As for your question about the Zantrex and the alternator, there are two possibilities. If you are away from the dock and have no generator running, there is no issue at all. The Zantrex would have no way of knowing if the voltage being supplied to it was coming from the batery or alternator. If you are feeding 120VAC from shore power or a generator and the Zantrex is in charge mode, it would be good practice to avoid running the alternator at the same time, but I am aware of no damage that would occur. The best source of information about this would be the Zantrex owner's manual.

Rick's comment about being able to turn anything on and off without damage is generally correct, BUT....There are two situations that you should avoid. One is running an alternator without a battery connected. For most alternators this will result in fried diodes in the blink of an eye. You also should avoid running the Zantrex battery charger without a battery in the system. It won't hurt the Zantrex, but the voltage will not be well regulated and could damage other components in the electrical system. (ask me how I know...) In the best of all possible worlds, an electrical system would be designed to make doing these kinds of things impossible, or at least very difficult.

An additional comment on isolators, they have fallen in disfavor recently as reliable combiners have taken over, and for lots of good reasons. For the situation where you are charging a house battery with the main alternator, and use the isolator to feed the charge current to the starting battery, they are useful if not optimal. They will typically generate a voltage drop of 0.7 volts. This will not keep them on a proper charge while the main system is in "float" mode, but while the main system is in "bulk" and the voltage is ~14.4V you ought to be able to replace the relatively small amount of charge pulled out during engine starting. It might not produce the longest lasting starting battery possible, but they are fairly cheap to replace (compared to deep cycle batteries). If you get 4 years instead of 8 from you starting battery, is that worth the cost of a combiner?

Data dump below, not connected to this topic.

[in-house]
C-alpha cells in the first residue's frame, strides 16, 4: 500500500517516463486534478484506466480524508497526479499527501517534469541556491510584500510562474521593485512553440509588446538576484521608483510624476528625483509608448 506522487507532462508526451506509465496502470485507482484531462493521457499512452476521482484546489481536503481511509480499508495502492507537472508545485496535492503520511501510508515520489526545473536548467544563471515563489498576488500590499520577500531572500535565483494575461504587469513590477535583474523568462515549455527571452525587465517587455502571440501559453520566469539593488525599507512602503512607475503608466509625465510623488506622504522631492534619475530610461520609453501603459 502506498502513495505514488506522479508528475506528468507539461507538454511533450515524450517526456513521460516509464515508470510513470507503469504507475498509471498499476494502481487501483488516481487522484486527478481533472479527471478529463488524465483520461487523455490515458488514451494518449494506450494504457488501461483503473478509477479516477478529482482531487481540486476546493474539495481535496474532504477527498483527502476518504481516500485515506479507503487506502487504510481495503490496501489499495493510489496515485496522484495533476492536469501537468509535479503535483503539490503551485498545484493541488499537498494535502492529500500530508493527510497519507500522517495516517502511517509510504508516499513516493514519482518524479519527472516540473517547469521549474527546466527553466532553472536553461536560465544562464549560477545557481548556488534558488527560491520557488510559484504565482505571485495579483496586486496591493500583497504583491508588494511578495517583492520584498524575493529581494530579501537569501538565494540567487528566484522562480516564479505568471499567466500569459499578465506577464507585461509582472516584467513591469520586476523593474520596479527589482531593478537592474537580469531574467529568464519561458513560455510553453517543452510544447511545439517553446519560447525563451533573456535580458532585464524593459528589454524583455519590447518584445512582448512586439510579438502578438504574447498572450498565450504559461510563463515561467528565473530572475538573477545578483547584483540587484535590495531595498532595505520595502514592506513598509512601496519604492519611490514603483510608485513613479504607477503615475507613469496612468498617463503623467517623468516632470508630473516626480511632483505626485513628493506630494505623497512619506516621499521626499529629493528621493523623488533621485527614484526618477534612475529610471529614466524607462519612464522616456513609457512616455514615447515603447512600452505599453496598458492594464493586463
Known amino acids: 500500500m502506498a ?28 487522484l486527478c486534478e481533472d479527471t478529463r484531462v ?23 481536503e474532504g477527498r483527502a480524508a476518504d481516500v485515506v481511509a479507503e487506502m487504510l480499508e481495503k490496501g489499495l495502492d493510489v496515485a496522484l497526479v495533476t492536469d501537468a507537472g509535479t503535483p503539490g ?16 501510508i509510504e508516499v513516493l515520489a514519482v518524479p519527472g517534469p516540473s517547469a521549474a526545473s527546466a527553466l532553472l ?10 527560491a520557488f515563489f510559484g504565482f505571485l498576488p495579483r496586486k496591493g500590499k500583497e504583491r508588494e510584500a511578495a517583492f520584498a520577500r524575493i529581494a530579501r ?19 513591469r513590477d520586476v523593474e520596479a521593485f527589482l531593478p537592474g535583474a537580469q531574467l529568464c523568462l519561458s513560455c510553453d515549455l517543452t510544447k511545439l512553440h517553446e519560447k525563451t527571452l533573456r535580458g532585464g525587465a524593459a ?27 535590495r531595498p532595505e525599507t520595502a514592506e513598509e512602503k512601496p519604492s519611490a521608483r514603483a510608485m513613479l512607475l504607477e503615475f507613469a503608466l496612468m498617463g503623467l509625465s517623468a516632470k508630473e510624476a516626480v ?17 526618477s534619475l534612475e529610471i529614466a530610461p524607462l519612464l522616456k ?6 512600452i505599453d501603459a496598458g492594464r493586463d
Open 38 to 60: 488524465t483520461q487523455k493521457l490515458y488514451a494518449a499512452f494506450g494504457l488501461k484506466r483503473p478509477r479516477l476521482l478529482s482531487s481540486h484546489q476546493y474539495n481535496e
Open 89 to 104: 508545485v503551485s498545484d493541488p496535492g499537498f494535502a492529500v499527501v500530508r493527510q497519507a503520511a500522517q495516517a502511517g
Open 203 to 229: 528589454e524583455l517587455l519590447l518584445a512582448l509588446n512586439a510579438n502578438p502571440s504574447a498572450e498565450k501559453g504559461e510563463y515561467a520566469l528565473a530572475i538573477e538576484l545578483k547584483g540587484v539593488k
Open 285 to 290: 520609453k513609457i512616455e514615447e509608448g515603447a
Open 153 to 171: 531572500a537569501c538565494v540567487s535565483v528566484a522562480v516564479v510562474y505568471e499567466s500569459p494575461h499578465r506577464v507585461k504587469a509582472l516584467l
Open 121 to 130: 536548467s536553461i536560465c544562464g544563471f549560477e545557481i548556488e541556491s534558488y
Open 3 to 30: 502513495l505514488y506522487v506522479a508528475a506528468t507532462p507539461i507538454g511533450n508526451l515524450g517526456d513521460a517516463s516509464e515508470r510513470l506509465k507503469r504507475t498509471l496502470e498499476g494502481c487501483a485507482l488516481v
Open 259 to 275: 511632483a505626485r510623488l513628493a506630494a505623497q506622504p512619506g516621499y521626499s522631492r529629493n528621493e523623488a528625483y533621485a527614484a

What I use in my system is Blue Sea System's BatteryLink current limiting switch. Functions like a combiner, but has some additional functionality and self-limits the current flow so you can avoid the high capacity cable runs that would be needed if the starting battery is not close to the house battery.

Bill
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Old 22-11-2006, 08:37   #9
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I think I am going to go the combiner route.

Found a good write up on combiners at http://www.yandina.com/combInfo.htm

Check out the projects sections also.

Cheers,
Kevin
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Old 22-11-2006, 11:44   #10
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Kevin, Yandina makes the "West" combiner. There's a solid-state combiner ont he market, hellroaring.com is the URL for it. I'm not sure that I would want solid state for this, as opposed to the tried-and-true technology of the relays in the Yandina though.

Combiners of any kind are further away from "KISS" than simple switches...but they are a nice way of accomplishing the goal. Just do make sure they are rated high enough to handle the amperage of your system, I think Yandina only stocks 75A and 150A models.
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Old 22-11-2006, 13:15   #11
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Battery combiners and solenoids

Having designed the PathMaker battery combiner series that Xantrex now distributes I am very famaliar with most of the solenoids that are affordable to use in battery combiner applicatons.

The best high current ones use the gray sealed solenoids made by Kilovac. You see them in Blue Sea Systems as well as the Xantrex "250A" battery combiners. Those solenoids are conservatively rated and I have tested them to over 600A for minutes even though that is not their rating.

I have not tested the Blue Sea Systems alternator combiner yet it looks good on paper to me.